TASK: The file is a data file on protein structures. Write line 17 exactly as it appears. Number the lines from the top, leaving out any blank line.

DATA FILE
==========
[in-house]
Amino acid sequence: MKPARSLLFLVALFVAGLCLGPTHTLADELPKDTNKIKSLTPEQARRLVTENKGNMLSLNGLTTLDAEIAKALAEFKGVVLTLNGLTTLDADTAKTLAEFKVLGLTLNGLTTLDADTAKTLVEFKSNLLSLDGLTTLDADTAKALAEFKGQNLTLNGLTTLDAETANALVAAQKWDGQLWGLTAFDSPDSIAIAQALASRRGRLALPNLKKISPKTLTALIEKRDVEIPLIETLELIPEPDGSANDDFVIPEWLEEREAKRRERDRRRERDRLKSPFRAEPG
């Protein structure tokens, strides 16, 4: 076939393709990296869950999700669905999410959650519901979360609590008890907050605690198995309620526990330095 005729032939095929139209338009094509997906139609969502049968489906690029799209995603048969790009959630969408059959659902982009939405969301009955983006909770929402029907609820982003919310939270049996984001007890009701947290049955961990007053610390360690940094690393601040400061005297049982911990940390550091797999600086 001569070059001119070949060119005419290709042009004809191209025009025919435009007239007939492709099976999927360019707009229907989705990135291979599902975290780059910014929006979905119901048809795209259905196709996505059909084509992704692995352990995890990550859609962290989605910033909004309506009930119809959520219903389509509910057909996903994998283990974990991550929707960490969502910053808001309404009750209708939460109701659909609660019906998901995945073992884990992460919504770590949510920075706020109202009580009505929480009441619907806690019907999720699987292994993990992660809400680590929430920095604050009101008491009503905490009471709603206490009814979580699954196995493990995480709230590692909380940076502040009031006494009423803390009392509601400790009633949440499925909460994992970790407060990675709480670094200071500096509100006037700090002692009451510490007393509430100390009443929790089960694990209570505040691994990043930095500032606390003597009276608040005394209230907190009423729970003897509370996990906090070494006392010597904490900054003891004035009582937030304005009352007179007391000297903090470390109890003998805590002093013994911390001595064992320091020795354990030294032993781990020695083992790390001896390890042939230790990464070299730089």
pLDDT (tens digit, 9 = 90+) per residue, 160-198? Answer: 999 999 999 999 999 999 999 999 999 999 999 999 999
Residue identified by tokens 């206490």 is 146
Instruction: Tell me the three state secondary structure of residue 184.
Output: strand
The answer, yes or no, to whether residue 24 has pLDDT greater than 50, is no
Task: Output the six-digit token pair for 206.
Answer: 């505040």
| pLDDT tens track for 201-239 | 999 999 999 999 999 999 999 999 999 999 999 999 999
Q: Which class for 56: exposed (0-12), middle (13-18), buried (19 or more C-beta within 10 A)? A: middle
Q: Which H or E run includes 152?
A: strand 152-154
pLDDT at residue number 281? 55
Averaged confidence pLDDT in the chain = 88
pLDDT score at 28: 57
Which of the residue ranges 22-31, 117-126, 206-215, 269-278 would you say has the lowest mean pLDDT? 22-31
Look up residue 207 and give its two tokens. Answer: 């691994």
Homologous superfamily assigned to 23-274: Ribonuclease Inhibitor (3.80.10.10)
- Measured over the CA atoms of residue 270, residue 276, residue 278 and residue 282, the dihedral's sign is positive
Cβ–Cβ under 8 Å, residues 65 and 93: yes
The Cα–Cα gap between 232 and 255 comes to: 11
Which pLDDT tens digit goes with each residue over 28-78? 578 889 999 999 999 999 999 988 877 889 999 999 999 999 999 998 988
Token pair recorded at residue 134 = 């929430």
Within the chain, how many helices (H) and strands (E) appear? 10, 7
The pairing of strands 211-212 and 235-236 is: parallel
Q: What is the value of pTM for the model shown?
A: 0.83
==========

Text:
pLDDT score at 28: 57